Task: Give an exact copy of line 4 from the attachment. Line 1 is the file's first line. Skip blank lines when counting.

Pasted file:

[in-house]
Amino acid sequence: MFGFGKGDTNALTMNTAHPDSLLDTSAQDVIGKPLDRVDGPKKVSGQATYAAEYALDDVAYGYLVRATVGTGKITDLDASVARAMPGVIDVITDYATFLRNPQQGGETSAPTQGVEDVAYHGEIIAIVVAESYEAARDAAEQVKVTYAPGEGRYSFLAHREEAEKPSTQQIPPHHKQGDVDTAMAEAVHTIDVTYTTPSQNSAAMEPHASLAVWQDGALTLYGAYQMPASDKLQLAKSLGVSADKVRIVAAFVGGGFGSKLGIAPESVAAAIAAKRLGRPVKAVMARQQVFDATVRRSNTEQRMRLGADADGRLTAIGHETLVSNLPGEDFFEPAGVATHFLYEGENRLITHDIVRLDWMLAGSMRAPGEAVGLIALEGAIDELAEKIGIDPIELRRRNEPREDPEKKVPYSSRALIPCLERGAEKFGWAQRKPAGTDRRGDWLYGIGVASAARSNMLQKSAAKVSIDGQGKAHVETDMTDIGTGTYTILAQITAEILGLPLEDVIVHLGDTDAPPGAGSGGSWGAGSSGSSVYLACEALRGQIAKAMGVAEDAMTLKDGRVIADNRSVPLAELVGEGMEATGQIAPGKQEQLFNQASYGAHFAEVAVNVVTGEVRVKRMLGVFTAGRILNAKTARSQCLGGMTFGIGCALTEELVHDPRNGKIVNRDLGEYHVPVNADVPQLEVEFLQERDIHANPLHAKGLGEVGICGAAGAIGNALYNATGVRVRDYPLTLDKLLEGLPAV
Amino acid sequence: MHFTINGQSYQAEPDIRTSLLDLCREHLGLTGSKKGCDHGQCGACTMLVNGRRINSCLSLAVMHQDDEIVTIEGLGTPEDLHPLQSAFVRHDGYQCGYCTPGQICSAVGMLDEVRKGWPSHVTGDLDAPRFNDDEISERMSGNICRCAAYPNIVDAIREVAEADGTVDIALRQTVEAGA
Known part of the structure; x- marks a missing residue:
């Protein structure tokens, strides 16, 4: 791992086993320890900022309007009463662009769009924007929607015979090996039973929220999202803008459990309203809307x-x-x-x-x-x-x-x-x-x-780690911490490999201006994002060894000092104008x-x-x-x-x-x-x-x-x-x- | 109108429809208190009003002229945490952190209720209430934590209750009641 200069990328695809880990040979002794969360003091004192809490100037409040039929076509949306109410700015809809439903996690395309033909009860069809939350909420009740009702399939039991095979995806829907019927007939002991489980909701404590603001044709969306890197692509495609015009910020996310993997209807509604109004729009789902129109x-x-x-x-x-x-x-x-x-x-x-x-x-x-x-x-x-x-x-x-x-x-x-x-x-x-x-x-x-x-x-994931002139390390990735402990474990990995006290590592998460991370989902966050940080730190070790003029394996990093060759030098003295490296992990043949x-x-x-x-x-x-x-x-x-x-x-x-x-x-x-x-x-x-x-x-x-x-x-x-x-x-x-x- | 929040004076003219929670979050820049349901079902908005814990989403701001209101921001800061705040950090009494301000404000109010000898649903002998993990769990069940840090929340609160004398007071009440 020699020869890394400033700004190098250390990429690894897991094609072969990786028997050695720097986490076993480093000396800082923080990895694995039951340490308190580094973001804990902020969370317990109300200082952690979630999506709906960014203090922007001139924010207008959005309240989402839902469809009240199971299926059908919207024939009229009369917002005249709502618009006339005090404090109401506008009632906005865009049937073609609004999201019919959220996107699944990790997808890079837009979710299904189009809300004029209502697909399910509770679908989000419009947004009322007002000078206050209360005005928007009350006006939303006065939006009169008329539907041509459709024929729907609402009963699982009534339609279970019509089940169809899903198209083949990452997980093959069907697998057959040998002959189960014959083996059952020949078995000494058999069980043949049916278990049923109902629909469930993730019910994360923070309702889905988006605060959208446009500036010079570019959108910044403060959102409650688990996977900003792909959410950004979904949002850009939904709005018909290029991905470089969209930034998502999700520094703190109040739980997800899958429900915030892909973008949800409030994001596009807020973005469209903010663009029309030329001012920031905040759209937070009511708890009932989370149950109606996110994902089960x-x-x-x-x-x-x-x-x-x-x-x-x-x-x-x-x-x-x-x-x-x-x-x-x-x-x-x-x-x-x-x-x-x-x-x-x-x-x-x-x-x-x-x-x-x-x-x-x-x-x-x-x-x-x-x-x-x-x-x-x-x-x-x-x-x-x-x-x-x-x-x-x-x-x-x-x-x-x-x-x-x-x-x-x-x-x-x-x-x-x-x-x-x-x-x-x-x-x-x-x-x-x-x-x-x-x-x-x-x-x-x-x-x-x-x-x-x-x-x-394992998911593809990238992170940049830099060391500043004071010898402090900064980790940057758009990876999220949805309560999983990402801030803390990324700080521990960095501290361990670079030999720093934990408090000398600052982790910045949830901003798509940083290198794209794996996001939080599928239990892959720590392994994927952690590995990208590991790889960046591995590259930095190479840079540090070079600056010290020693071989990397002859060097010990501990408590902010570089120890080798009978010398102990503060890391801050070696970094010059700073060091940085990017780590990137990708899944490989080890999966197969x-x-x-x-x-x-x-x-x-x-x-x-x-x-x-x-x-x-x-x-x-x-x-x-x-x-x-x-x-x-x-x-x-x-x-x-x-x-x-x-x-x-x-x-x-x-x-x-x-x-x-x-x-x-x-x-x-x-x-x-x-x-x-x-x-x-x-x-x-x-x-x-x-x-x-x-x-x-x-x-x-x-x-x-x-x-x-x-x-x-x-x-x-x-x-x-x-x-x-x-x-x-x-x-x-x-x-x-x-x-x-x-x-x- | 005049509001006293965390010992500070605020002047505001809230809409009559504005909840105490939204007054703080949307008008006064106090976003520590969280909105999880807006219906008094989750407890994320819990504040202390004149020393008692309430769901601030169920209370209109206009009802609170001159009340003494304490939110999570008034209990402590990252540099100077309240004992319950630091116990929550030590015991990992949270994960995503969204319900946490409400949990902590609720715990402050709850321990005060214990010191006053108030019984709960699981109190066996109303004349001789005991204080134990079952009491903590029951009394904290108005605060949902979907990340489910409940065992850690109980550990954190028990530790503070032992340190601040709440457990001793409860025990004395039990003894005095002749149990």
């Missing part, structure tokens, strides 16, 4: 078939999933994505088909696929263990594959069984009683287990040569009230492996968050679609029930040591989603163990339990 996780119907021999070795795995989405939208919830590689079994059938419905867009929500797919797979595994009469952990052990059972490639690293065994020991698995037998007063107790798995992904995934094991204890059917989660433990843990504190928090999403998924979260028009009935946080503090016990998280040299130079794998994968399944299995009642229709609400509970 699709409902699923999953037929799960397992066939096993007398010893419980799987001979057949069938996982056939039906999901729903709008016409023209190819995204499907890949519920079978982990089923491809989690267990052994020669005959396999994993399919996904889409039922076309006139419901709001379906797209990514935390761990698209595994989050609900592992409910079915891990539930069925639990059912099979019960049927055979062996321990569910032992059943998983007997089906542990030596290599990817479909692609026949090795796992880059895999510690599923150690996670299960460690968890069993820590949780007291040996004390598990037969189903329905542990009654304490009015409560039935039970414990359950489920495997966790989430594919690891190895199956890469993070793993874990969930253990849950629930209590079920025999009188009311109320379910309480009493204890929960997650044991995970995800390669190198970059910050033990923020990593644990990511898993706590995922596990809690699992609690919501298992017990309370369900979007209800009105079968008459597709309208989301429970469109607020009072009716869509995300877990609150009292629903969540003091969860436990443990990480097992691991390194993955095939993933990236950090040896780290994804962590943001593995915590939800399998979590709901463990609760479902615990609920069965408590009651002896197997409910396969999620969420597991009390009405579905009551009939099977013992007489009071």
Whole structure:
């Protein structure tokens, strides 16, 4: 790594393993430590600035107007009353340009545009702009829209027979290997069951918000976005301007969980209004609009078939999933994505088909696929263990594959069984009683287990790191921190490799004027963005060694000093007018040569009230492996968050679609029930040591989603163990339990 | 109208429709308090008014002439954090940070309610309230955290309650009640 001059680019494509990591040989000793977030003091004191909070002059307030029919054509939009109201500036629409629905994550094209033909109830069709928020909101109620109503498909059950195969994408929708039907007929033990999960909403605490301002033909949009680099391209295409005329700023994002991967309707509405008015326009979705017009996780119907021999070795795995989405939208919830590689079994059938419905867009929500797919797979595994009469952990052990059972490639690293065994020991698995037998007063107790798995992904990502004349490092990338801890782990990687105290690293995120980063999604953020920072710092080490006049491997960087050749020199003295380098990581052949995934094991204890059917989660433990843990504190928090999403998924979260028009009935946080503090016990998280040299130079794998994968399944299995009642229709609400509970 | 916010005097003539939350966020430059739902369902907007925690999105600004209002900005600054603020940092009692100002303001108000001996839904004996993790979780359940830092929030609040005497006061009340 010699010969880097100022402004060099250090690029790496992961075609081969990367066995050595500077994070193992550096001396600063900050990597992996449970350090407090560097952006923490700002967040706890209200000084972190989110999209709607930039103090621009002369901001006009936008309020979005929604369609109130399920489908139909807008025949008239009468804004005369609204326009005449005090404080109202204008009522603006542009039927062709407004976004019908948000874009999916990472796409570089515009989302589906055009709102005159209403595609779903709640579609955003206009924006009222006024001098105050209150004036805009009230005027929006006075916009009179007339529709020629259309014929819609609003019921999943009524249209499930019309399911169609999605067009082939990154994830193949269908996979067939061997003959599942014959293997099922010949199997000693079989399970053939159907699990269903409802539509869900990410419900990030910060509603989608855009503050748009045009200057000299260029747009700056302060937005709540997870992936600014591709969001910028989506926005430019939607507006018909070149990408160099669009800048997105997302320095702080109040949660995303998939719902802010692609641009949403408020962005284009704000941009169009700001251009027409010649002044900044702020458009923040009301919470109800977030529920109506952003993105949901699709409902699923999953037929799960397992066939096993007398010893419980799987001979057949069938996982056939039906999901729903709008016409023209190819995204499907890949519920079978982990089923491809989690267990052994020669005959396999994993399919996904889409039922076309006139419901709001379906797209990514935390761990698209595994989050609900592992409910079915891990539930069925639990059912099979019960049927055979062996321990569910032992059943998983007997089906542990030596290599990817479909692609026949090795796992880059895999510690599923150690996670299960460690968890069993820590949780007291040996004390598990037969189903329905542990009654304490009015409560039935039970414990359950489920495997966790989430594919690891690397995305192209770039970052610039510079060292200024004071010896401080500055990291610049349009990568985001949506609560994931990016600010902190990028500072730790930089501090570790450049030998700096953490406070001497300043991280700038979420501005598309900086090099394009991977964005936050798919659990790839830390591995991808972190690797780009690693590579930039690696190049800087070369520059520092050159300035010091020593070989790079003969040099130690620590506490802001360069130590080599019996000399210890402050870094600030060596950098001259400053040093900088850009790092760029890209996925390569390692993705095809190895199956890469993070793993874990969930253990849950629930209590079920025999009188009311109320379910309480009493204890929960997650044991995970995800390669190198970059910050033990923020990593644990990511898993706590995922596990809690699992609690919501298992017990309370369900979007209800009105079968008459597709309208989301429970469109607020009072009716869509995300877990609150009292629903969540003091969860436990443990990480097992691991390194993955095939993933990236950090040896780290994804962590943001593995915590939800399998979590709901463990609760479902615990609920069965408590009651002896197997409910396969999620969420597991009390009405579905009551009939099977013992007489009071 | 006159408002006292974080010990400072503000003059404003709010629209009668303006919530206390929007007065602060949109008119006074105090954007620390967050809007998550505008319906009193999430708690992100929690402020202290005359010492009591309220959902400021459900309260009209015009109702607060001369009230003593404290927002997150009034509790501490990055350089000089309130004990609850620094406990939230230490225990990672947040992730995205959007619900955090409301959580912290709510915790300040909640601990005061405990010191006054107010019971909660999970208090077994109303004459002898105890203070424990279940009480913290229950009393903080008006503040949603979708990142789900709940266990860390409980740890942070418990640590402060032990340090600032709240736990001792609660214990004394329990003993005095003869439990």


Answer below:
Known part of the structure; x- marks a missing residue: